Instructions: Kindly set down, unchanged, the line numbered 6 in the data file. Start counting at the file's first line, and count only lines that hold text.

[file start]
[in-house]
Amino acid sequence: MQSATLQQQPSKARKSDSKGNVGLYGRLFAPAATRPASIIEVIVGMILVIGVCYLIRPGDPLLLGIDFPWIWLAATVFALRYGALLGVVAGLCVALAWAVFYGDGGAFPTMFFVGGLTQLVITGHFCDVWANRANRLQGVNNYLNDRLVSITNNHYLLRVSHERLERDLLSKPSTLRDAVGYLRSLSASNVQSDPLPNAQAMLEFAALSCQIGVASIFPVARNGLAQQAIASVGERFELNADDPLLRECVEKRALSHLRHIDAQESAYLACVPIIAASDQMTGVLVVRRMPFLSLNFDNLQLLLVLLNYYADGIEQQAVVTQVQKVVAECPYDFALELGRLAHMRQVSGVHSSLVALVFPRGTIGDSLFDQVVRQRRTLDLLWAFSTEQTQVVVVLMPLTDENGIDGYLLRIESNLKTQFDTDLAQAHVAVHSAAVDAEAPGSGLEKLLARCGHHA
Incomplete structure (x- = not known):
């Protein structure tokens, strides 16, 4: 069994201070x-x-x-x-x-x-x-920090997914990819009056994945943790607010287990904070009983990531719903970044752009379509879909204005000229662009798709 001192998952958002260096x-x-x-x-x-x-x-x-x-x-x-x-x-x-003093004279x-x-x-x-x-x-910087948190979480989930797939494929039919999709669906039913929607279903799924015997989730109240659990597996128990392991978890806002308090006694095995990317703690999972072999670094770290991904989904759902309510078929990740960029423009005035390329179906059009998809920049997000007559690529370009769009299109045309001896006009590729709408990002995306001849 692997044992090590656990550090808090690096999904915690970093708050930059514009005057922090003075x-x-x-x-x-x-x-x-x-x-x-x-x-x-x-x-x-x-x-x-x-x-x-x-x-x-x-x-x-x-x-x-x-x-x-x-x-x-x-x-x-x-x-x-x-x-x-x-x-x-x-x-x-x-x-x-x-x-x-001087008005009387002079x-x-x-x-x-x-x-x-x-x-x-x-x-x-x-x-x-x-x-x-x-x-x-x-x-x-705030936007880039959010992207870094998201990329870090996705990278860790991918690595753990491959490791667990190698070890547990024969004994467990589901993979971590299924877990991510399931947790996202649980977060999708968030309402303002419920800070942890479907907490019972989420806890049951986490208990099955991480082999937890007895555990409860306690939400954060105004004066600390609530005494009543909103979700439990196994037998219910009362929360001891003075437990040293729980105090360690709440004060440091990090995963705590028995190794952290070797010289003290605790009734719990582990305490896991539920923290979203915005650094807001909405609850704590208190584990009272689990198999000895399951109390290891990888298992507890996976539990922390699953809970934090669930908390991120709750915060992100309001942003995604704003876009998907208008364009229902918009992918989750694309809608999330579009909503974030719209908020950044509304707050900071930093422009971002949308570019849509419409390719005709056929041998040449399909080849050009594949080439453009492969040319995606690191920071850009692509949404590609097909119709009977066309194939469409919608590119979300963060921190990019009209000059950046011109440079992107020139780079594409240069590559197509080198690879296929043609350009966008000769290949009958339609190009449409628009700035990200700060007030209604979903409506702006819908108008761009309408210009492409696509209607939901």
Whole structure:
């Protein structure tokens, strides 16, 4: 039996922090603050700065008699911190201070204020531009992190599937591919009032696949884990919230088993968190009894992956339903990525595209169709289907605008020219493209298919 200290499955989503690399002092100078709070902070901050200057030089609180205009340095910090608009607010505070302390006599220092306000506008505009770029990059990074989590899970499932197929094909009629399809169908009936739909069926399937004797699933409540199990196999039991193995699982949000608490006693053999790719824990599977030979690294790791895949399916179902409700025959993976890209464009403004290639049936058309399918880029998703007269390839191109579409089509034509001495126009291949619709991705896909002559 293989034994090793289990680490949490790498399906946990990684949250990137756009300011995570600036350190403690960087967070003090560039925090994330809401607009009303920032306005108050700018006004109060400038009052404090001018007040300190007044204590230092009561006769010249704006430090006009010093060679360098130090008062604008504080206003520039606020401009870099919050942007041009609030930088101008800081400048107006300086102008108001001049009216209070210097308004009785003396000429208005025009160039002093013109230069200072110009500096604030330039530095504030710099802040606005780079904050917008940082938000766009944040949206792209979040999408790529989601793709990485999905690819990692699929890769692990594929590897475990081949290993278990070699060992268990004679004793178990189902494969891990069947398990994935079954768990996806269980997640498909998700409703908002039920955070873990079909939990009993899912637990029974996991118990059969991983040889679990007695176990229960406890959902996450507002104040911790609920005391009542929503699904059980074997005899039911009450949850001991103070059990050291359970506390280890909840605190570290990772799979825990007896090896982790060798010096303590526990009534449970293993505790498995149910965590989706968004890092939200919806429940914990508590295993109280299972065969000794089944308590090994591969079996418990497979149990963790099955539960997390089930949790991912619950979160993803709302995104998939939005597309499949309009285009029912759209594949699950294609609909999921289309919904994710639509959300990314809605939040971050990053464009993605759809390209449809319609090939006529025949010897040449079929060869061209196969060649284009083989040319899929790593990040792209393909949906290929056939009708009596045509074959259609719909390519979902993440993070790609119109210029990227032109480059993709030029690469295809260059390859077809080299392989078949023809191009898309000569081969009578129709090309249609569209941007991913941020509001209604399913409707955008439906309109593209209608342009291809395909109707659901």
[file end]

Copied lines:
């Protein structure tokens, strides 16, 4: 039996922090603050700065008699911190201070204020531009992190599937591919009032696949884990919230088993968190009894992956339903990525595209169709289907605008020219493209298919 200290499955989503690399002092100078709070902070901050200057030089609180205009340095910090608009607010505070302390006599220092306000506008505009770029990059990074989590899970499932197929094909009629399809169908009936739909069926399937004797699933409540199990196999039991193995699982949000608490006693053999790719824990599977030979690294790791895949399916179902409700025959993976890209464009403004290639049936058309399918880029998703007269390839191109579409089509034509001495126009291949619709991705896909002559 293989034994090793289990680490949490790498399906946990990684949250990137756009300011995570600036350190403690960087967070003090560039925090994330809401607009009303920032306005108050700018006004109060400038009052404090001018007040300190007044204590230092009561006769010249704006430090006009010093060679360098130090008062604008504080206003520039606020401009870099919050942007041009609030930088101008800081400048107006300086102008108001001049009216209070210097308004009785003396000429208005025009160039002093013109230069200072110009500096604030330039530095504030710099802040606005780079904050917008940082938000766009944040949206792209979040999408790529989601793709990485999905690819990692699929890769692990594929590897475990081949290993278990070699060992268990004679004793178990189902494969891990069947398990994935079954768990996806269980997640498909998700409703908002039920955070873990079909939990009993899912637990029974996991118990059969991983040889679990007695176990229960406890959902996450507002104040911790609920005391009542929503699904059980074997005899039911009450949850001991103070059990050291359970506390280890909840605190570290990772799979825990007896090896982790060798010096303590526990009534449970293993505790498995149910965590989706968004890092939200919806429940914990508590295993109280299972065969000794089944308590090994591969079996418990497979149990963790099955539960997390089930949790991912619950979160993803709302995104998939939005597309499949309009285009029912759209594949699950294609609909999921289309919904994710639509959300990314809605939040971050990053464009993605759809390209449809319609090939006529025949010897040449079929060869061209196969060649284009083989040319899929790593990040792209393909949906290929056939009708009596045509074959259609719909390519979902993440993070790609119109210029990227032109480059993709030029690469295809260059390859077809080299392989078949023809191009898309000569081969009578129709090309249609569209941007991913941020509001209604399913409707955008439906309109593209209608342009291809395909109707659901």